A basic level of Connected Worker capability is enabled by mobile apps, i.e., equipping workers in the plant or out in the field with mobile devices to interact with applications to access information, or input data, for example looking up work instructions or safety information, or entering inspection data. Beyond these basics, the application of advanced digital technologies has extended the range of Connected Worker use cases and the value received from their implementation. Technologies such as sensor-equipped wearables, smart glasses, Augmented Reality (AR), proximity beacons, geolocation, and multi-hazard sensors provide systematic real-time monitoring of worker and workplace conditions, and immediate feedback to productivity, safety, and quality. And the application of advanced analytics including AI to human-workplace interaction data enables discovery of new insights to guide operational improvement efforts.
Using Connected Worker Technology to Improve Competency Management
Given the skills gap, a fundamental challenge in manufacturing is getting people up to speed so they can perform to expectations, and then continually updating and upskilling them in the face of constant change. This requires an effective competency management process which we define as cross-workforce management of individuals' ability to complete tasks effectively and scaling specialized knowledge to meet organizational goals. Competency management is increasingly important yet more challenging as manufacturers need to recruit, onboard and train an influx of younger "digital native" employees, and broadly implement digital technologies in support of IX initiatives.
Connected Worker technologies such as work collaboration platforms, AR/VR, and intelligent wearables are playing a pivotal role in the competency management process from recruitment, onboarding, training, and ongoing competency management. Beyond traditional learning management systems, these technologies offer many opportunities to optimize competency management.
Our research assessed IX use cases based on expected impact on operational performance and resources needed to implement. Along with Connected Asset and Operations use cases, Connected Worker use cases feature prominently as having favorable effort-reward ratios. Not surprisingly, the Connected Worker use cases with the highest potential help address the critical workforce skills gap and competency management challenges faced in all industrial sectors, e.g.:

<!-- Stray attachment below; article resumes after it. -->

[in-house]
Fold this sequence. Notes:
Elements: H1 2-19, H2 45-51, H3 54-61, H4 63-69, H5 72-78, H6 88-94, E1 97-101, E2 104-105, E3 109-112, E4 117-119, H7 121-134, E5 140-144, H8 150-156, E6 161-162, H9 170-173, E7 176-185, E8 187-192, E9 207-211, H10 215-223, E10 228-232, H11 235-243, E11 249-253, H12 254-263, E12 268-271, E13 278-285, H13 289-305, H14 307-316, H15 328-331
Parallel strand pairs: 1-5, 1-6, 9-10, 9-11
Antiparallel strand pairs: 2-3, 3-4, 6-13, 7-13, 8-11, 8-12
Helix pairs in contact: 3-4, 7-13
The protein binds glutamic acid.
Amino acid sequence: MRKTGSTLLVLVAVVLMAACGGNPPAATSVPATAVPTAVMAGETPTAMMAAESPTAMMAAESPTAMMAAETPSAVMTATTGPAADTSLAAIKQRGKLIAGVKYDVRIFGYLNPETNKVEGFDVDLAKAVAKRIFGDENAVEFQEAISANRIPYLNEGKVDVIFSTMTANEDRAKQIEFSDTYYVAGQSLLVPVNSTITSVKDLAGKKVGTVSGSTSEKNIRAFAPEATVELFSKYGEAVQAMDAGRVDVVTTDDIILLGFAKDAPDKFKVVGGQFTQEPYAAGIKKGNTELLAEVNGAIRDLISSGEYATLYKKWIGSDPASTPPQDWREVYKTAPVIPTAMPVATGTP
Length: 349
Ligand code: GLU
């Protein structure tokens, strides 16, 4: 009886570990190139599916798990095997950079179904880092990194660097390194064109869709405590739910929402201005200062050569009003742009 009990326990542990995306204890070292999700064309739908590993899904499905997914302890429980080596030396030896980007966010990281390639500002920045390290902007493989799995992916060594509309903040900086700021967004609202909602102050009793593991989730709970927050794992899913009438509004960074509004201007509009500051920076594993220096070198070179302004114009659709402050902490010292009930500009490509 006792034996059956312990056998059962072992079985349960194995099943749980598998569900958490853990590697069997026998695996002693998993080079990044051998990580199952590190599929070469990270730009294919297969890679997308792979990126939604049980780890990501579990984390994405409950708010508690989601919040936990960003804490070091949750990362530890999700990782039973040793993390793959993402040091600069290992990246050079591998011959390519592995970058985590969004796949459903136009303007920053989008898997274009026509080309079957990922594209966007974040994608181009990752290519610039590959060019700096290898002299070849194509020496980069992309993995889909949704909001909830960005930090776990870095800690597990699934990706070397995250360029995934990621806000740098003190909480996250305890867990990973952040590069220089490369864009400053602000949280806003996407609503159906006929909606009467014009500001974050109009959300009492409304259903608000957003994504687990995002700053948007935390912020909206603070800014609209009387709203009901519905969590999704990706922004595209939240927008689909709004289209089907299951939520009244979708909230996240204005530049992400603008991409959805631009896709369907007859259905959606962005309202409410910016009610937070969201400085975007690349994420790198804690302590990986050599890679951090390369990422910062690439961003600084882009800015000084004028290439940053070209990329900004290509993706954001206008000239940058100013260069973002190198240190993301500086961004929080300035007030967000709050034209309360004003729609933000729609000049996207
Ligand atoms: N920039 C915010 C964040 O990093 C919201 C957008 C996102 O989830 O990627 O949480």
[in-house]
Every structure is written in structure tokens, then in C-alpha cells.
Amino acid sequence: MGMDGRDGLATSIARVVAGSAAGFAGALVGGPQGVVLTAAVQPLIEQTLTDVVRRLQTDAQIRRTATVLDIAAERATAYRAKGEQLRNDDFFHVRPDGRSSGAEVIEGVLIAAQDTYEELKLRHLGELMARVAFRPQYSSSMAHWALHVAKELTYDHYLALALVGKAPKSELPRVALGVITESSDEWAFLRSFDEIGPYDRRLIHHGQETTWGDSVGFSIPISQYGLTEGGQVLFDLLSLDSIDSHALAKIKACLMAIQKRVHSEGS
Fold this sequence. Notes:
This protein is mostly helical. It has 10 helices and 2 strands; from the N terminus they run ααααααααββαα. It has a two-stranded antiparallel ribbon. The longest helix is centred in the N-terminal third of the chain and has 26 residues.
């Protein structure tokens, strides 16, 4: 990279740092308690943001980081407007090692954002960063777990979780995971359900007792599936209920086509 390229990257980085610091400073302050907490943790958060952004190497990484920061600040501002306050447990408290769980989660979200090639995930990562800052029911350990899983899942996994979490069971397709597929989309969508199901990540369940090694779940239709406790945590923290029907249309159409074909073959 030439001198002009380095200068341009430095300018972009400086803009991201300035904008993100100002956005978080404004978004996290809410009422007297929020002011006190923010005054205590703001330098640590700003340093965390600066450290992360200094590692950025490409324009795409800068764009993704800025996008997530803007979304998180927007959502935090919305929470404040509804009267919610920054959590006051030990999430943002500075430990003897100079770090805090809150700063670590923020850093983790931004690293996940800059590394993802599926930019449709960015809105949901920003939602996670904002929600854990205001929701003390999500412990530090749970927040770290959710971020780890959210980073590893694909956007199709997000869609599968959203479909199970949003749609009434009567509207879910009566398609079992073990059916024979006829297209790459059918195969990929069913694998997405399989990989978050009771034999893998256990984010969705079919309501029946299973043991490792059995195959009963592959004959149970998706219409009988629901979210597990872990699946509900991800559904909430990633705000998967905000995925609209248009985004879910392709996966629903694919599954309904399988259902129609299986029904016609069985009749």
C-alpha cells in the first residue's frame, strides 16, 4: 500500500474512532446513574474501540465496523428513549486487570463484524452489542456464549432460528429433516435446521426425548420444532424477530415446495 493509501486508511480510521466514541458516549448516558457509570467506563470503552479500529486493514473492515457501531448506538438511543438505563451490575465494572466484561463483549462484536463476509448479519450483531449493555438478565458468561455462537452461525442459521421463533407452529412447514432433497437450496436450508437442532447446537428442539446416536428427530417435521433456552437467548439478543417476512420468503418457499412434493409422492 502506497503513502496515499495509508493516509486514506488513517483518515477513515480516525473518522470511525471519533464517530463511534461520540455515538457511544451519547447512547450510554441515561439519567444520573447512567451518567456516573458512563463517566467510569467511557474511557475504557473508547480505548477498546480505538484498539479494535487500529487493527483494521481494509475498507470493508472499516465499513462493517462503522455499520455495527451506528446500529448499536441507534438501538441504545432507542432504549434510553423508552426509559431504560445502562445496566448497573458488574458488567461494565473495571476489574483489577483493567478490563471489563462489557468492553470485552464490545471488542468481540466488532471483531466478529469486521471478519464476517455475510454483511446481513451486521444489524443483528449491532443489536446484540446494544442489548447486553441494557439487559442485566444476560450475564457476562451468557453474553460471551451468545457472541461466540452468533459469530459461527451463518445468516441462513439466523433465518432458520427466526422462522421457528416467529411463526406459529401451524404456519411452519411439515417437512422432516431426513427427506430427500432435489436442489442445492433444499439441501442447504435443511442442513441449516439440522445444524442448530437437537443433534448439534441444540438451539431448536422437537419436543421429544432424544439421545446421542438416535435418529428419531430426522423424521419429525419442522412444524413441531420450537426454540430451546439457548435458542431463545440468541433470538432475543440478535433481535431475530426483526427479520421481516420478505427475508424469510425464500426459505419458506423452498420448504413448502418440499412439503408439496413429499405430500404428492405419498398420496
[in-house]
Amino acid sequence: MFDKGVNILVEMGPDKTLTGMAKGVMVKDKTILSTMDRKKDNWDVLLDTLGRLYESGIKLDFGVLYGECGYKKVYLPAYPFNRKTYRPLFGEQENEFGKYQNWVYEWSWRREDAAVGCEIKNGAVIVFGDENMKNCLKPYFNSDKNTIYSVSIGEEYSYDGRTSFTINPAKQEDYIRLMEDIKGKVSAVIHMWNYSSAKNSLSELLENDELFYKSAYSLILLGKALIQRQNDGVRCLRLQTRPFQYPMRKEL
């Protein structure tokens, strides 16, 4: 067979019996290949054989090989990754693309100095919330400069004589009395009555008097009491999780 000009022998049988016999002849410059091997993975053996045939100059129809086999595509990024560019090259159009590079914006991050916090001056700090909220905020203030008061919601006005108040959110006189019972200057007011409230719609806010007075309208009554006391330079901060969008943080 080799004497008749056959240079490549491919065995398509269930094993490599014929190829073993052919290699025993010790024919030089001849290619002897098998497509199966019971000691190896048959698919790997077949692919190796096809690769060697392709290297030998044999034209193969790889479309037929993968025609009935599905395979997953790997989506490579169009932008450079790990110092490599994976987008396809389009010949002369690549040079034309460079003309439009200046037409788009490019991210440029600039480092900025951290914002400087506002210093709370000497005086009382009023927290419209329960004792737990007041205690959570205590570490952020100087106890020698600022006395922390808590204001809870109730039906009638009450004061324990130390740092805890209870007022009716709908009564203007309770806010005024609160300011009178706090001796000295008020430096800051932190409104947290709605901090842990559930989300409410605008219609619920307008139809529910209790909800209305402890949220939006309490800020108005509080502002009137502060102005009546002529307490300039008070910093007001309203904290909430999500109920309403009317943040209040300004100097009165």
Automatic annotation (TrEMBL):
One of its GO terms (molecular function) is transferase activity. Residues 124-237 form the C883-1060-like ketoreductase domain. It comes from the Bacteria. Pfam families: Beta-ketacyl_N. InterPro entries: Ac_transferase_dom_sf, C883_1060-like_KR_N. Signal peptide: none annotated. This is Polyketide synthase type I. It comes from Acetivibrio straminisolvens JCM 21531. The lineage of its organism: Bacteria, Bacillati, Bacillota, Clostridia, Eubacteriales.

- Use of mobile/augmented reality to scale rare/expert skills
- Implementing an application strategy to improve worker engagement/retention
- Use of mobile/augmented reality for digital work instructions/SOPs.
- Use of mobile/augmented reality for in-context training (micro-training)
Our research also shows that organizations that implement Connected Worker technologies such as intelligent wearables and AR are more likely to achieve success with their IX initiatives. The signs point to an attractive opportunity for industrial organizations to be proactive in incorporating Connected Worker solutions into their IX programs, with significant potential value to be gained. We invite you to learn more about the Connected Worker opportunity in our recently published eBook “Connecting People and Systems to Transform Frontline Operations”.
All entries in this Industrial Transformation blog represent the opinions of the authors based on their industry experience and their view of the information collected using the methods described in our Research Integrity. All product and company names are trademarks™ or registered® trademarks of their respective holders. Use of them does not imply any affiliation with or endorsement by them.